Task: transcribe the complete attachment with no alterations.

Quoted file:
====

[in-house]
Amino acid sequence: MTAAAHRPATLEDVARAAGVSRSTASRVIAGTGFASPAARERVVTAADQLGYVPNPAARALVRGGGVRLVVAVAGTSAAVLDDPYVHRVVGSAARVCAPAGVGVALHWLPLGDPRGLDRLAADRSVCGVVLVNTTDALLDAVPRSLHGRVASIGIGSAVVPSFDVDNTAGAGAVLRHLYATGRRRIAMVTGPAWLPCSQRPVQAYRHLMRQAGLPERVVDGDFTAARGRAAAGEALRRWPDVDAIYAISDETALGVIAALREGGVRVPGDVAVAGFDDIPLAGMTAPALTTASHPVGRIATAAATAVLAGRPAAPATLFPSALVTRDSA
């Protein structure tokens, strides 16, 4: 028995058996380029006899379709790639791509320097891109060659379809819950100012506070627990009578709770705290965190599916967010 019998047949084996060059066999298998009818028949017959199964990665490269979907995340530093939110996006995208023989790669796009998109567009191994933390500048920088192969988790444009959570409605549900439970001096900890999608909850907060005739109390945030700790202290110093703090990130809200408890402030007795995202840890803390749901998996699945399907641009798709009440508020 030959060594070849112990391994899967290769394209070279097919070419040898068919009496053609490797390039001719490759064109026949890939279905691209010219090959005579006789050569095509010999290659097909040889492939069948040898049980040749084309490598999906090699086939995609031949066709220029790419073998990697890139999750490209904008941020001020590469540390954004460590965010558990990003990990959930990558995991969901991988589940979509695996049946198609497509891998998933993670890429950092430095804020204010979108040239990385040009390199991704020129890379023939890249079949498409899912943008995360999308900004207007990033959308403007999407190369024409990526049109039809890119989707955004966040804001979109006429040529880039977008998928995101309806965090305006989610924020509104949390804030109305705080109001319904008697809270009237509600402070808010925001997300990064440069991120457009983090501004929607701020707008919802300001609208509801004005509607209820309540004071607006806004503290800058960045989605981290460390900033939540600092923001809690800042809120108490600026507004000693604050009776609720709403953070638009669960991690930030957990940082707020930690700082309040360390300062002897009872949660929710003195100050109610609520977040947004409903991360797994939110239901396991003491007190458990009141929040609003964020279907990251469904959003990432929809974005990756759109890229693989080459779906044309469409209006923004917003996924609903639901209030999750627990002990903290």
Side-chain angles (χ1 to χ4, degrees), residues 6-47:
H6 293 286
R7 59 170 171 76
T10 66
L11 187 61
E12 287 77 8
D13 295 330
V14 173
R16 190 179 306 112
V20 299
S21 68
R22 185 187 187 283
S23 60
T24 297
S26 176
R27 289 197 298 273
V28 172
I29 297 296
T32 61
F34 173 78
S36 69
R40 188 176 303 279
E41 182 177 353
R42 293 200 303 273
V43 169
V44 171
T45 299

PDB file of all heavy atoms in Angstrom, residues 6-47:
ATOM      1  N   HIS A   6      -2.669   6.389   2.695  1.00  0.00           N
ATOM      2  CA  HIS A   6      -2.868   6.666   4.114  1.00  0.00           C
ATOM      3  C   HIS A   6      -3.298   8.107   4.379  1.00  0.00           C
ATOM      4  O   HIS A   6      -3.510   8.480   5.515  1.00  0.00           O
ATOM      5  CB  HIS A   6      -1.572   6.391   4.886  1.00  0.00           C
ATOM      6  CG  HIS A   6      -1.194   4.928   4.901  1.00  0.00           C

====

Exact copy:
[in-house]
Amino acid sequence: MTAAAHRPATLEDVARAAGVSRSTASRVIAGTGFASPAARERVVTAADQLGYVPNPAARALVRGGGVRLVVAVAGTSAAVLDDPYVHRVVGSAARVCAPAGVGVALHWLPLGDPRGLDRLAADRSVCGVVLVNTTDALLDAVPRSLHGRVASIGIGSAVVPSFDVDNTAGAGAVLRHLYATGRRRIAMVTGPAWLPCSQRPVQAYRHLMRQAGLPERVVDGDFTAARGRAAAGEALRRWPDVDAIYAISDETALGVIAALREGGVRVPGDVAVAGFDDIPLAGMTAPALTTASHPVGRIATAAATAVLAGRPAAPATLFPSALVTRDSA
């Protein structure tokens, strides 16, 4: 028995058996380029006899379709790639791509320097891109060659379809819950100012506070627990009578709770705290965190599916967010 019998047949084996060059066999298998009818028949017959199964990665490269979907995340530093939110996006995208023989790669796009998109567009191994933390500048920088192969988790444009959570409605549900439970001096900890999608909850907060005739109390945030700790202290110093703090990130809200408890402030007795995202840890803390749901998996699945399907641009798709009440508020 030959060594070849112990391994899967290769394209070279097919070419040898068919009496053609490797390039001719490759064109026949890939279905691209010219090959005579006789050569095509010999290659097909040889492939069948040898049980040749084309490598999906090699086939995609031949066709220029790419073998990697890139999750490209904008941020001020590469540390954004460590965010558990990003990990959930990558995991969901991988589940979509695996049946198609497509891998998933993670890429950092430095804020204010979108040239990385040009390199991704020129890379023939890249079949498409899912943008995360999308900004207007990033959308403007999407190369024409990526049109039809890119989707955004966040804001979109006429040529880039977008998928995101309806965090305006989610924020509104949390804030109305705080109001319904008697809270009237509600402070808010925001997300990064440069991120457009983090501004929607701020707008919802300001609208509801004005509607209820309540004071607006806004503290800058960045989605981290460390900033939540600092923001809690800042809120108490600026507004000693604050009776609720709403953070638009669960991690930030957990940082707020930690700082309040360390300062002897009872949660929710003195100050109610609520977040947004409903991360797994939110239901396991003491007190458990009141929040609003964020279907990251469904959003990432929809974005990756759109890229693989080459779906044309469409209006923004917003996924609903639901209030999750627990002990903290």
Side-chain angles (χ1 to χ4, degrees), residues 6-47:
H6 293 286
R7 59 170 171 76
T10 66
L11 187 61
E12 287 77 8
D13 295 330
V14 173
R16 190 179 306 112
V20 299
S21 68
R22 185 187 187 283
S23 60
T24 297
S26 176
R27 289 197 298 273
V28 172
I29 297 296
T32 61
F34 173 78
S36 69
R40 188 176 303 279
E41 182 177 353
R42 293 200 303 273
V43 169
V44 171
T45 299

PDB file of all heavy atoms in Angstrom, residues 6-47:
ATOM      1  N   HIS A   6      -2.669   6.389   2.695  1.00  0.00           N
ATOM      2  CA  HIS A   6      -2.868   6.666   4.114  1.00  0.00           C
ATOM      3  C   HIS A   6      -3.298   8.107   4.379  1.00  0.00           C
ATOM      4  O   HIS A   6      -3.510   8.480   5.515  1.00  0.00           O
ATOM      5  CB  HIS A   6      -1.572   6.391   4.886  1.00  0.00           C
ATOM      6  CG  HIS A   6      -1.194   4.928   4.901  1.00  0.00           C